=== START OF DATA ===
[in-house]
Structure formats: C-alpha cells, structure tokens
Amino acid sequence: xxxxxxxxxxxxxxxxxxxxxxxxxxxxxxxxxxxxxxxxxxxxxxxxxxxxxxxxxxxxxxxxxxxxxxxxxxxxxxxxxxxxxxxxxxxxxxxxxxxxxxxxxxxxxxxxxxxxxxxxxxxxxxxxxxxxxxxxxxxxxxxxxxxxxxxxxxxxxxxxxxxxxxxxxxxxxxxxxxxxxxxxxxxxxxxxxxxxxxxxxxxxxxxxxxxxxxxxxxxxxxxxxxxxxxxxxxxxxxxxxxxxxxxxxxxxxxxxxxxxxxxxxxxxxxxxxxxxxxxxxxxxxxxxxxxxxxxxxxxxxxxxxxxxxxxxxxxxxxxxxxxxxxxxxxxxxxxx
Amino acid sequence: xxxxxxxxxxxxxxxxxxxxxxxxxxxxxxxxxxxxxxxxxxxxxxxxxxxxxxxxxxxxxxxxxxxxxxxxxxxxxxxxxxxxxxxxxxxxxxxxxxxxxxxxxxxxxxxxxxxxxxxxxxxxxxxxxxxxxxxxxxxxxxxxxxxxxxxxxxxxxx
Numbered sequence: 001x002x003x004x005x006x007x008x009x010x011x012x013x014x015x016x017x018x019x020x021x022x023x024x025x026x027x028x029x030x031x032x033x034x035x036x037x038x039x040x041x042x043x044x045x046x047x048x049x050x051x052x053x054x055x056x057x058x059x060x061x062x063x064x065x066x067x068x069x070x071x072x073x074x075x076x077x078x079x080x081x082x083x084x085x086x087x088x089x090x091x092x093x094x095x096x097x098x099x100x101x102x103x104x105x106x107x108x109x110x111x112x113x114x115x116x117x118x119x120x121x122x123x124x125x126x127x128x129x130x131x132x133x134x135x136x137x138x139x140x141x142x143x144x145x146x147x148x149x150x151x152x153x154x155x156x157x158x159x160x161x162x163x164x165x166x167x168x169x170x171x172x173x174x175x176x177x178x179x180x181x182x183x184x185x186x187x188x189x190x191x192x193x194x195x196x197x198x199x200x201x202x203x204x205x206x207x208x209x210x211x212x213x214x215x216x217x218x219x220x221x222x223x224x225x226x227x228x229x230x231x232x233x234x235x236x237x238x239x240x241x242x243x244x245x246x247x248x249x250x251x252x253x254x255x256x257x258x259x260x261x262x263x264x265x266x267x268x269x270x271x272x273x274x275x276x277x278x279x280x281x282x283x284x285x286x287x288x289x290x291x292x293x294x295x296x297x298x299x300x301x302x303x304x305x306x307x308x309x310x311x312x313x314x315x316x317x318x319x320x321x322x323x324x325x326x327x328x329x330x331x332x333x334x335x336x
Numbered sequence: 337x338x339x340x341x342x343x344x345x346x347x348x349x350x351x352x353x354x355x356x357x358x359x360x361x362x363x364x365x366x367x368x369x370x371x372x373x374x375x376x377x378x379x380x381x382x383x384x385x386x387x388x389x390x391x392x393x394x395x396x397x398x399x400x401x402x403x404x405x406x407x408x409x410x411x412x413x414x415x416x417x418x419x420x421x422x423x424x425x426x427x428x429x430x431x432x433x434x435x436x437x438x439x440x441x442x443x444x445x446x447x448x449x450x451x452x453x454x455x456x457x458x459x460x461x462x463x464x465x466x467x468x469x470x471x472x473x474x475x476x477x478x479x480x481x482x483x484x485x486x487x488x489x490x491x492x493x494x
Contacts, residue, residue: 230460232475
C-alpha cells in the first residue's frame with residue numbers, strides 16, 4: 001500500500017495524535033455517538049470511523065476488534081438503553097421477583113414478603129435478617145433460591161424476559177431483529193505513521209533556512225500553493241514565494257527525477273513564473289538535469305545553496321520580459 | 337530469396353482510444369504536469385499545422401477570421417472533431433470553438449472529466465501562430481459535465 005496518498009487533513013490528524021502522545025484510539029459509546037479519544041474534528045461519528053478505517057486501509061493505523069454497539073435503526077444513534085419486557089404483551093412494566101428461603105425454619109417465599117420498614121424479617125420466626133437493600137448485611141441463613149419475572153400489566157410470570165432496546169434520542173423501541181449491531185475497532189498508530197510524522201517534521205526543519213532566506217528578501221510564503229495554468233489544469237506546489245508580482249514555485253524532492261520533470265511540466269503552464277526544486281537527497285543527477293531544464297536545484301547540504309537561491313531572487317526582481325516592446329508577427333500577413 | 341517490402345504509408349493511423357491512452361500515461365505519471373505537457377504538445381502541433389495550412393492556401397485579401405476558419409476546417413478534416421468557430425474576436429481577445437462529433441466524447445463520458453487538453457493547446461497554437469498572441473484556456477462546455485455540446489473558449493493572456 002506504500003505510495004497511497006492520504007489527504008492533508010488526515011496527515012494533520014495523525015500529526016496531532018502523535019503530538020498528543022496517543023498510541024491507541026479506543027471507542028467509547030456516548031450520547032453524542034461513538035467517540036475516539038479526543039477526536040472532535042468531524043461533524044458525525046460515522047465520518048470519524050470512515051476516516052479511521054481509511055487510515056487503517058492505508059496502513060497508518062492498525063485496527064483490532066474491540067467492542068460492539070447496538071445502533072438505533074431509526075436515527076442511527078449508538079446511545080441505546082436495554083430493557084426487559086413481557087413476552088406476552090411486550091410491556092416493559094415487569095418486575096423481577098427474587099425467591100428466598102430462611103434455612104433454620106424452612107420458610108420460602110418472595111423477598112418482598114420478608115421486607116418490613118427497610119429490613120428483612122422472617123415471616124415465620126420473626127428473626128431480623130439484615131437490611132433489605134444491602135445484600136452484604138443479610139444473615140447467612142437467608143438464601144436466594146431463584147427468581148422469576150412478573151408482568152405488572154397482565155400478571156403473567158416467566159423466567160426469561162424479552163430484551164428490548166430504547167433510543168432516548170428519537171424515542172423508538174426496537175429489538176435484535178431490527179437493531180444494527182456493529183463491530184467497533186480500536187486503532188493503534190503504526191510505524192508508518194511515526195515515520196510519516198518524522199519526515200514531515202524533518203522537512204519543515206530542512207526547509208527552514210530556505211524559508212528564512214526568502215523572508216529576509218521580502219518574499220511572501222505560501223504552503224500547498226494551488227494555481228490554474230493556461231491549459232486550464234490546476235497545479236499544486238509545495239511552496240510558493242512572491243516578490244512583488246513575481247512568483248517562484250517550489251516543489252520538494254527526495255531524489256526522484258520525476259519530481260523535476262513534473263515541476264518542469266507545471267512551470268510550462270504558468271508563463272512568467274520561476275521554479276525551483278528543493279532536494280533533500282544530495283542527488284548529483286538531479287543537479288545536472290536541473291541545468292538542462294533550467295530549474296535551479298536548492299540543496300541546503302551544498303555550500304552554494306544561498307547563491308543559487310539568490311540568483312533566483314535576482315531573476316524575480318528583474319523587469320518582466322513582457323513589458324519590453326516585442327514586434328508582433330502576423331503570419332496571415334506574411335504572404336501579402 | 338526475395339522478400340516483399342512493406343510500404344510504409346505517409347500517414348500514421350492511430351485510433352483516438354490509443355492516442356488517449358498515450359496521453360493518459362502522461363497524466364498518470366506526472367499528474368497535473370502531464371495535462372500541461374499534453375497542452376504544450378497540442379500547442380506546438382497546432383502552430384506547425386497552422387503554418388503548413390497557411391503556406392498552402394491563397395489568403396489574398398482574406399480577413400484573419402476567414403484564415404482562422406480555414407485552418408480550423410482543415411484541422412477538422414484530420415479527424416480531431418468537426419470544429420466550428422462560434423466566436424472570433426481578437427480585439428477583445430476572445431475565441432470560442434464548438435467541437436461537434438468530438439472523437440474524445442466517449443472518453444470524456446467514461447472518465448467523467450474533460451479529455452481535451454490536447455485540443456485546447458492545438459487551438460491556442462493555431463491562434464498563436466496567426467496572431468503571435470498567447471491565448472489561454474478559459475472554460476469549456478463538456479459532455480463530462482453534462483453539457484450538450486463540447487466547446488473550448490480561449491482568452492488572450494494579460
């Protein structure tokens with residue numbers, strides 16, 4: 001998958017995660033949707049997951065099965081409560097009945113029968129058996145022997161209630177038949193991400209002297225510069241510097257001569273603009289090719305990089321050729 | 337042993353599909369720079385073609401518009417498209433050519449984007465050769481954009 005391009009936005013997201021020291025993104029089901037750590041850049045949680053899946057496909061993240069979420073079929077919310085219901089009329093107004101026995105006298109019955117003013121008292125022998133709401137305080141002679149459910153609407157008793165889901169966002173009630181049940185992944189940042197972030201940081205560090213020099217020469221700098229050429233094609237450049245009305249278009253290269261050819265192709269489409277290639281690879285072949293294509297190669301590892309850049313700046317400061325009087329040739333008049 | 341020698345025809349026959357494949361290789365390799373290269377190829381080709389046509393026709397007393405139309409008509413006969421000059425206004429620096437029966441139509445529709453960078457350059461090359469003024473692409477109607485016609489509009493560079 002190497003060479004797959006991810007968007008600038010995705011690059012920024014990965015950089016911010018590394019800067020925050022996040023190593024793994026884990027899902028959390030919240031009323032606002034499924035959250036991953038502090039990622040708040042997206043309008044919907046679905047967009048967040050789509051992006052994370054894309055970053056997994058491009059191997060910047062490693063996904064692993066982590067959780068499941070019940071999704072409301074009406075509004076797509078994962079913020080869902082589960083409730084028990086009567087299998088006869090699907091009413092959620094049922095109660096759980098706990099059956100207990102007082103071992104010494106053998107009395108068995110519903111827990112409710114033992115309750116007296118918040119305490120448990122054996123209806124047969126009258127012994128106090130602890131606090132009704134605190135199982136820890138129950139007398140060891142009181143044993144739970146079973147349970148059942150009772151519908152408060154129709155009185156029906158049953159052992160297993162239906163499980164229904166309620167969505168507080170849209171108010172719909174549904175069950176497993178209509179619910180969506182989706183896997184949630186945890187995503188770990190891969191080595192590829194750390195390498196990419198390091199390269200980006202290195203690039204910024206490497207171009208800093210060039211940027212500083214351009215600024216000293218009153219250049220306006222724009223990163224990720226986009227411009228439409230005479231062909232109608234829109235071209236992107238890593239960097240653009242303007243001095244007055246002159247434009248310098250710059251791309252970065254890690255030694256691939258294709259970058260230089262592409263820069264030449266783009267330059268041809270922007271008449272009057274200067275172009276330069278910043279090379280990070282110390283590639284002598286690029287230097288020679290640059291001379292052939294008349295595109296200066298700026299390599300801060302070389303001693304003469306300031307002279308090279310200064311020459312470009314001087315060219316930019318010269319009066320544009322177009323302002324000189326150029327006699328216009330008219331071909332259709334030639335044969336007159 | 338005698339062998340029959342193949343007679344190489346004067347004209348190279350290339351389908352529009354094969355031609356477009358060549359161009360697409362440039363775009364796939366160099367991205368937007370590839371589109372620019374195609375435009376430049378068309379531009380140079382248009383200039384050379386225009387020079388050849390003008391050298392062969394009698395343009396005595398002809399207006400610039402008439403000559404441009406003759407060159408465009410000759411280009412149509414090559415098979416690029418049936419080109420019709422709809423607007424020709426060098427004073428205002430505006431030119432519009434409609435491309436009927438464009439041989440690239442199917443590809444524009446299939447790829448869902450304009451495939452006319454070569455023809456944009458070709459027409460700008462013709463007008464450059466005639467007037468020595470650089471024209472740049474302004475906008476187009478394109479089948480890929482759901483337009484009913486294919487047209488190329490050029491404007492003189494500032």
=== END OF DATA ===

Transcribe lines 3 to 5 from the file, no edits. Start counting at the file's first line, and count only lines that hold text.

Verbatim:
Amino acid sequence: xxxxxxxxxxxxxxxxxxxxxxxxxxxxxxxxxxxxxxxxxxxxxxxxxxxxxxxxxxxxxxxxxxxxxxxxxxxxxxxxxxxxxxxxxxxxxxxxxxxxxxxxxxxxxxxxxxxxxxxxxxxxxxxxxxxxxxxxxxxxxxxxxxxxxxxxxxxxxxxxxxxxxxxxxxxxxxxxxxxxxxxxxxxxxxxxxxxxxxxxxxxxxxxxxxxxxxxxxxxxxxxxxxxxxxxxxxxxxxxxxxxxxxxxxxxxxxxxxxxxxxxxxxxxxxxxxxxxxxxxxxxxxxxxxxxxxxxxxxxxxxxxxxxxxxxxxxxxxxxxxxxxxxxxxxxxxxxx
Amino acid sequence: xxxxxxxxxxxxxxxxxxxxxxxxxxxxxxxxxxxxxxxxxxxxxxxxxxxxxxxxxxxxxxxxxxxxxxxxxxxxxxxxxxxxxxxxxxxxxxxxxxxxxxxxxxxxxxxxxxxxxxxxxxxxxxxxxxxxxxxxxxxxxxxxxxxxxxxxxxxxxx
Numbered sequence: 001x002x003x004x005x006x007x008x009x010x011x012x013x014x015x016x017x018x019x020x021x022x023x024x025x026x027x028x029x030x031x032x033x034x035x036x037x038x039x040x041x042x043x044x045x046x047x048x049x050x051x052x053x054x055x056x057x058x059x060x061x062x063x064x065x066x067x068x069x070x071x072x073x074x075x076x077x078x079x080x081x082x083x084x085x086x087x088x089x090x091x092x093x094x095x096x097x098x099x100x101x102x103x104x105x106x107x108x109x110x111x112x113x114x115x116x117x118x119x120x121x122x123x124x125x126x127x128x129x130x131x132x133x134x135x136x137x138x139x140x141x142x143x144x145x146x147x148x149x150x151x152x153x154x155x156x157x158x159x160x161x162x163x164x165x166x167x168x169x170x171x172x173x174x175x176x177x178x179x180x181x182x183x184x185x186x187x188x189x190x191x192x193x194x195x196x197x198x199x200x201x202x203x204x205x206x207x208x209x210x211x212x213x214x215x216x217x218x219x220x221x222x223x224x225x226x227x228x229x230x231x232x233x234x235x236x237x238x239x240x241x242x243x244x245x246x247x248x249x250x251x252x253x254x255x256x257x258x259x260x261x262x263x264x265x266x267x268x269x270x271x272x273x274x275x276x277x278x279x280x281x282x283x284x285x286x287x288x289x290x291x292x293x294x295x296x297x298x299x300x301x302x303x304x305x306x307x308x309x310x311x312x313x314x315x316x317x318x319x320x321x322x323x324x325x326x327x328x329x330x331x332x333x334x335x336x